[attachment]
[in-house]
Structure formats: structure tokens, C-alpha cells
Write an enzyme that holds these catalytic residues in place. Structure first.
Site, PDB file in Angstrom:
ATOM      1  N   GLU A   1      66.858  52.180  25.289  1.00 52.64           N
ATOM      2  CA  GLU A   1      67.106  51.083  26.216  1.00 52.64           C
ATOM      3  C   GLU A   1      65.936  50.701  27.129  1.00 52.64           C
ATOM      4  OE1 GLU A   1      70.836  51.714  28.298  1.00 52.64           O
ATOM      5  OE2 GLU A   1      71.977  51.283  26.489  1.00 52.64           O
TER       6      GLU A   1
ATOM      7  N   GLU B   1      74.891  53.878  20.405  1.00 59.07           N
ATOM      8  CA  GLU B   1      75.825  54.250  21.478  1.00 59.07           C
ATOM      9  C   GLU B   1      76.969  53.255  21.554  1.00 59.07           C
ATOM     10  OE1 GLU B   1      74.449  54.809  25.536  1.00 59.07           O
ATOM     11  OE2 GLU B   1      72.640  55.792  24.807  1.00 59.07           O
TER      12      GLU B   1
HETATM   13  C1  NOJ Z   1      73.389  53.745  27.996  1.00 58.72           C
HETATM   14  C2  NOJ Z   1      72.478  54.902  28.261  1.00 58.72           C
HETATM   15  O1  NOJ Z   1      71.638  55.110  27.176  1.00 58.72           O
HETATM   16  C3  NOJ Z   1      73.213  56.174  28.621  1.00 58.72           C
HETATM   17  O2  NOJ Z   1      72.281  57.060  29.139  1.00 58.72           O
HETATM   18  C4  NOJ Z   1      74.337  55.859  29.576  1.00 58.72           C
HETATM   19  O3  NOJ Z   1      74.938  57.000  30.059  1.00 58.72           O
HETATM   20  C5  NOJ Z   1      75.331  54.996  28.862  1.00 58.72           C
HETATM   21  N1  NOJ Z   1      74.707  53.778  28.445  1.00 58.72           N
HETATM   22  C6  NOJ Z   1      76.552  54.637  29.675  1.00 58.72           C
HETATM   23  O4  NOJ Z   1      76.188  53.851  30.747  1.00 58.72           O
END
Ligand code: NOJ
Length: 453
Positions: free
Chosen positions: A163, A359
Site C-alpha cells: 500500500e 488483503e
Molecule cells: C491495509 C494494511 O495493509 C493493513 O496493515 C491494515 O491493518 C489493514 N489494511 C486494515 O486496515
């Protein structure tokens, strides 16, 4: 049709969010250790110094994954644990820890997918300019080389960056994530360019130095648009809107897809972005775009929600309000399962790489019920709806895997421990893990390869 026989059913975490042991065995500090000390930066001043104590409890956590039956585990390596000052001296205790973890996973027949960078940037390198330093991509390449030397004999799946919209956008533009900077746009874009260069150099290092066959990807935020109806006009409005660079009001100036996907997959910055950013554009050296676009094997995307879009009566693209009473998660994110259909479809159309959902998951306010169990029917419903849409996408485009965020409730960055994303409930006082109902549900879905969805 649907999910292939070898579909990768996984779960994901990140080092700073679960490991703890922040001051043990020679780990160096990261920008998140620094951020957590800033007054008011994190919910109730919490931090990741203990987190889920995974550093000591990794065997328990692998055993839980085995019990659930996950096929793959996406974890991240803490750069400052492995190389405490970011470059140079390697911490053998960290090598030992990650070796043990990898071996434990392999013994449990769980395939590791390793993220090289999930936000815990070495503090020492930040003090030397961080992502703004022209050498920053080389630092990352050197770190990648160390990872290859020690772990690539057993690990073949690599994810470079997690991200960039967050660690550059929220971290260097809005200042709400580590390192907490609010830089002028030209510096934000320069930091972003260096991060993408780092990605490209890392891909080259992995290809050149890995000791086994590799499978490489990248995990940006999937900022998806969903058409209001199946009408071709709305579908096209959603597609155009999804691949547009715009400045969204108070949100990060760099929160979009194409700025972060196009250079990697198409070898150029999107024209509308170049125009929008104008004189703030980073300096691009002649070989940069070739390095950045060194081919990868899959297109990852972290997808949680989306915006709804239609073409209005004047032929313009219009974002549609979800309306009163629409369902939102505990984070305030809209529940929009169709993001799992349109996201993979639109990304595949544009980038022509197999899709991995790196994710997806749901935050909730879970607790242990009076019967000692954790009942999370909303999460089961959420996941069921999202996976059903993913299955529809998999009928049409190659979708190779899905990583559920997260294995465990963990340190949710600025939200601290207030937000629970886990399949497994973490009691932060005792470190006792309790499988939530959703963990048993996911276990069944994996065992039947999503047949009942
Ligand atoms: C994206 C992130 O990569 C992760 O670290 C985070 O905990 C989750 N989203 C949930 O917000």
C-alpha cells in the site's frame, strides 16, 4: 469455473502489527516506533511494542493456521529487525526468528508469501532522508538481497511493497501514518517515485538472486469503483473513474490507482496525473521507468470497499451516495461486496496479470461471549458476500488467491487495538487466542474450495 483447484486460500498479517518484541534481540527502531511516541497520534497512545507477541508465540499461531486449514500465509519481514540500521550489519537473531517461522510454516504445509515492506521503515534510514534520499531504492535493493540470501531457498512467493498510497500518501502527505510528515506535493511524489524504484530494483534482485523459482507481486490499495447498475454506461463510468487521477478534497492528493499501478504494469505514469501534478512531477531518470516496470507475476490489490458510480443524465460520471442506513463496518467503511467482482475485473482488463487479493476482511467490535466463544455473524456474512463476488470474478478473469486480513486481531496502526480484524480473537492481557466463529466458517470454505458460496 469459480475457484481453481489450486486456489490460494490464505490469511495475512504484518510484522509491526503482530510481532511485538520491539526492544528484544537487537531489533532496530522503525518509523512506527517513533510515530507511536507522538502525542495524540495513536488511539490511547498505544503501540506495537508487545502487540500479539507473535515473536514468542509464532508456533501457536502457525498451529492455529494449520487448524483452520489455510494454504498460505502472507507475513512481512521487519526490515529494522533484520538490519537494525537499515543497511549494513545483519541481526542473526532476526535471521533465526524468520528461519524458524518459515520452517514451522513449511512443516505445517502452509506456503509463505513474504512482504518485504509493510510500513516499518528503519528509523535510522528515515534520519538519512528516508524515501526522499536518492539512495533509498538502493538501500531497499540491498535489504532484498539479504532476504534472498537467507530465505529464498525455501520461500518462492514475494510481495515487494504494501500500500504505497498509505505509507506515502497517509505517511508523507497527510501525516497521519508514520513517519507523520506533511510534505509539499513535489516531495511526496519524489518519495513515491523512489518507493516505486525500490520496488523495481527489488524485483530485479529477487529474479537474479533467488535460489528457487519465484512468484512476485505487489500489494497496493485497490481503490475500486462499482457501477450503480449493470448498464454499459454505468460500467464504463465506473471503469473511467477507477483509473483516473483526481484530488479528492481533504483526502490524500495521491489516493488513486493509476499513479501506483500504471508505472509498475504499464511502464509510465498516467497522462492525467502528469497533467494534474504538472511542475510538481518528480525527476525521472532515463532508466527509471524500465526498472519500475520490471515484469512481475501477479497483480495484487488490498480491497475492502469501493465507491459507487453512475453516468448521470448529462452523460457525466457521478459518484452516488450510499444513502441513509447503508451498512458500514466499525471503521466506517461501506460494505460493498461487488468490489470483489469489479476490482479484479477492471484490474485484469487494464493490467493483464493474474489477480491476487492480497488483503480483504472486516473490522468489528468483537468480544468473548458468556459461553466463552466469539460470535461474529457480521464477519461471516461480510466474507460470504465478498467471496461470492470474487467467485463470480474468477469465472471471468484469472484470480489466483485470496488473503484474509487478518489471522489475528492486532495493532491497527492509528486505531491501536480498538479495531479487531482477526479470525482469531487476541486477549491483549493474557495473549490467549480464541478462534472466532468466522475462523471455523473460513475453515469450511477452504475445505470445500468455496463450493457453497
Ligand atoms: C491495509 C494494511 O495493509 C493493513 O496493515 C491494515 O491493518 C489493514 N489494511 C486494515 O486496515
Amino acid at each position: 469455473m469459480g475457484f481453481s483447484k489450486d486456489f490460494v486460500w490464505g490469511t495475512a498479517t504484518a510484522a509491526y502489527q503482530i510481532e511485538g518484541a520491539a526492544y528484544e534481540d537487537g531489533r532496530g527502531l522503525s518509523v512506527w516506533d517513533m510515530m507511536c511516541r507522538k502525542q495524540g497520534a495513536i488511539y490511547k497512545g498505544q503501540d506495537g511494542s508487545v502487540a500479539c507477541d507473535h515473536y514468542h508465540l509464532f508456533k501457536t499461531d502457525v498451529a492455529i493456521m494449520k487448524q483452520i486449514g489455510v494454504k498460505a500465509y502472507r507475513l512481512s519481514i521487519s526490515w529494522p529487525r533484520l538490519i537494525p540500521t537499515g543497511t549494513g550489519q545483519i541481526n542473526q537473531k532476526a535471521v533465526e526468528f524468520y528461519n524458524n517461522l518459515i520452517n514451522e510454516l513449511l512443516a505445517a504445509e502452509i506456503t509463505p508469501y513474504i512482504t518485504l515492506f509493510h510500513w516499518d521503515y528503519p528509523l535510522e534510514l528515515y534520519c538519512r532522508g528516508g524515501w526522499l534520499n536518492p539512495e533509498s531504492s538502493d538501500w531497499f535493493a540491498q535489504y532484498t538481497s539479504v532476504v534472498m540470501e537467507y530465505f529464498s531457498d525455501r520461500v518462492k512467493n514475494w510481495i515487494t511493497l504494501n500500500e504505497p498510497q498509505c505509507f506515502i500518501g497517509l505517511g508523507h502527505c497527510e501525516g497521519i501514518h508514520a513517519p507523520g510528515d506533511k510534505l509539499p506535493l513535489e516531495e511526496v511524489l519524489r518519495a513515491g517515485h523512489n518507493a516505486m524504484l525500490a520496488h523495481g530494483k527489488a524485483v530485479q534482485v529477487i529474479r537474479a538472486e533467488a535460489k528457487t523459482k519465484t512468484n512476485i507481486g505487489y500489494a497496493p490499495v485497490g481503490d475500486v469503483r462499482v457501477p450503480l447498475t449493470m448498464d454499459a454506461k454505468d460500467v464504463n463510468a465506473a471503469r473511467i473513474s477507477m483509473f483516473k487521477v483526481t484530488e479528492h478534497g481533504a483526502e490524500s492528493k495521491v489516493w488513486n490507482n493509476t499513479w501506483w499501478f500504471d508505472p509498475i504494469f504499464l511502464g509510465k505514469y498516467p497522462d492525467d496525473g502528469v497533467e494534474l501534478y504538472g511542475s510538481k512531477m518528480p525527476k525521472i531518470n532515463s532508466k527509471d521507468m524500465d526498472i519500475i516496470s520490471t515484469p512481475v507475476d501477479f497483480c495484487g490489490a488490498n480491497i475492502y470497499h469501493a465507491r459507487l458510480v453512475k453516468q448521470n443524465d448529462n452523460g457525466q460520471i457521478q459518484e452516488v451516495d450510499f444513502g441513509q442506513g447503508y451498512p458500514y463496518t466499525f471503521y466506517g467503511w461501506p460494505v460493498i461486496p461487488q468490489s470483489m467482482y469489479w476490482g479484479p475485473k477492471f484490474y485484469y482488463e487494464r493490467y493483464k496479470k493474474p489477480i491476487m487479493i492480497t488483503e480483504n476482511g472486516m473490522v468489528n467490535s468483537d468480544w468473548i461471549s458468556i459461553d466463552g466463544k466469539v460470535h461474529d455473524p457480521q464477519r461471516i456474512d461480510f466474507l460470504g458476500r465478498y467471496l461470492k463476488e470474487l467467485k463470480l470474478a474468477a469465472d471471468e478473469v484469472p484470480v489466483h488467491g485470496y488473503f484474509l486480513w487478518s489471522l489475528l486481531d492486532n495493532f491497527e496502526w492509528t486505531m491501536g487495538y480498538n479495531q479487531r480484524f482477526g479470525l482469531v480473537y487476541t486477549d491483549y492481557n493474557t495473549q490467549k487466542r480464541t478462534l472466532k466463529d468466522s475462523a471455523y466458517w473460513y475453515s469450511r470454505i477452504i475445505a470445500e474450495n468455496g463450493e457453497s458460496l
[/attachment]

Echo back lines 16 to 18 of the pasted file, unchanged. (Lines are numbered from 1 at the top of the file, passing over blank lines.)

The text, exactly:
TER      12      GLU B   1
HETATM   13  C1  NOJ Z   1      73.389  53.745  27.996  1.00 58.72           C
HETATM   14  C2  NOJ Z   1      72.478  54.902  28.261  1.00 58.72           C